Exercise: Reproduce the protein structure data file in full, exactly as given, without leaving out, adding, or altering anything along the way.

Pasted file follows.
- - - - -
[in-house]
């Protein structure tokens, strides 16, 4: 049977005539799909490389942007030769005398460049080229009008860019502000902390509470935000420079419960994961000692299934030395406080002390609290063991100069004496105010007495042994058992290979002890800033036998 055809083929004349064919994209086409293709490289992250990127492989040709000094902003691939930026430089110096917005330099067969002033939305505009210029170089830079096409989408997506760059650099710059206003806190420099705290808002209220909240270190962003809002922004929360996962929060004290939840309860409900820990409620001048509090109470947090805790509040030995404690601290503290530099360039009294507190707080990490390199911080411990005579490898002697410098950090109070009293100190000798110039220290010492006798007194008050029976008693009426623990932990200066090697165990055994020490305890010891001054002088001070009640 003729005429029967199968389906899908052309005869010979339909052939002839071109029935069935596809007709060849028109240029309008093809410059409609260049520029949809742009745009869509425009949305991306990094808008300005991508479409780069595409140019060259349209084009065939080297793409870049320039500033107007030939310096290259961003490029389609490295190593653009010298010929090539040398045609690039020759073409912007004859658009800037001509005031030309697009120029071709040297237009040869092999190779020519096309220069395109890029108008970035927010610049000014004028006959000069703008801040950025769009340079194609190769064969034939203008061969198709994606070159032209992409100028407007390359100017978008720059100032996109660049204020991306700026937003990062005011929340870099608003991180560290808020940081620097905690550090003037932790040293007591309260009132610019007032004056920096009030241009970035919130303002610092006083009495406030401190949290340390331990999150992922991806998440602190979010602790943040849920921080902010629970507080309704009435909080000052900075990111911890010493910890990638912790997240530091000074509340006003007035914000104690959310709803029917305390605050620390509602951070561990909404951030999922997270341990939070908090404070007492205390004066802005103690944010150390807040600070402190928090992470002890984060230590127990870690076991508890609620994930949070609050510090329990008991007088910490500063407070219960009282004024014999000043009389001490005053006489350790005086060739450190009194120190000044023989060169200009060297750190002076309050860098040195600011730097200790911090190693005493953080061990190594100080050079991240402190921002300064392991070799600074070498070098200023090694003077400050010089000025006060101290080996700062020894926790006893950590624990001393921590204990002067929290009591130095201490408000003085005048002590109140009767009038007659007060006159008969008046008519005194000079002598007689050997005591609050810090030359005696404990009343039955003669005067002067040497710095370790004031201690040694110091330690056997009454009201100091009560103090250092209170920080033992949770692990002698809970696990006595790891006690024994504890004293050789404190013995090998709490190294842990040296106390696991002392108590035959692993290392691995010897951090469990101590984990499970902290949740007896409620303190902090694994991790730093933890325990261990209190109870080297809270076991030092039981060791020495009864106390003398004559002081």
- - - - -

[in-house]
């Protein structure tokens, strides 16, 4: 049977005539799909490389942007030769005398460049080229009008860019502000902390509470935000420079419960994961000692299934030395406080002390609290063991100069004496105010007495042994058992290979002890800033036998 055809083929004349064919994209086409293709490289992250990127492989040709000094902003691939930026430089110096917005330099067969002033939305505009210029170089830079096409989408997506760059650099710059206003806190420099705290808002209220909240270190962003809002922004929360996962929060004290939840309860409900820990409620001048509090109470947090805790509040030995404690601290503290530099360039009294507190707080990490390199911080411990005579490898002697410098950090109070009293100190000798110039220290010492006798007194008050029976008693009426623990932990200066090697165990055994020490305890010891001054002088001070009640 003729005429029967199968389906899908052309005869010979339909052939002839071109029935069935596809007709060849028109240029309008093809410059409609260049520029949809742009745009869509425009949305991306990094808008300005991508479409780069595409140019060259349209084009065939080297793409870049320039500033107007030939310096290259961003490029389609490295190593653009010298010929090539040398045609690039020759073409912007004859658009800037001509005031030309697009120029071709040297237009040869092999190779020519096309220069395109890029108008970035927010610049000014004028006959000069703008801040950025769009340079194609190769064969034939203008061969198709994606070159032209992409100028407007390359100017978008720059100032996109660049204020991306700026937003990062005011929340870099608003991180560290808020940081620097905690550090003037932790040293007591309260009132610019007032004056920096009030241009970035919130303002610092006083009495406030401190949290340390331990999150992922991806998440602190979010602790943040849920921080902010629970507080309704009435909080000052900075990111911890010493910890990638912790997240530091000074509340006003007035914000104690959310709803029917305390605050620390509602951070561990909404951030999922997270341990939070908090404070007492205390004066802005103690944010150390807040600070402190928090992470002890984060230590127990870690076991508890609620994930949070609050510090329990008991007088910490500063407070219960009282004024014999000043009389001490005053006489350790005086060739450190009194120190000044023989060169200009060297750190002076309050860098040195600011730097200790911090190693005493953080061990190594100080050079991240402190921002300064392991070799600074070498070098200023090694003077400050010089000025006060101290080996700062020894926790006893950590624990001393921590204990002067929290009591130095201490408000003085005048002590109140009767009038007659007060006159008969008046008519005194000079002598007689050997005591609050810090030359005696404990009343039955003669005067002067040497710095370790004031201690040694110091330690056997009454009201100091009560103090250092209170920080033992949770692990002698809970696990006595790891006690024994504890004293050789404190013995090998709490190294842990040296106390696991002392108590035959692993290392691995010897951090469990101590984990499970902290949740007896409620303190902090694994991790730093933890325990261990209190109870080297809270076991030092039981060791020495009864106390003398004559002081």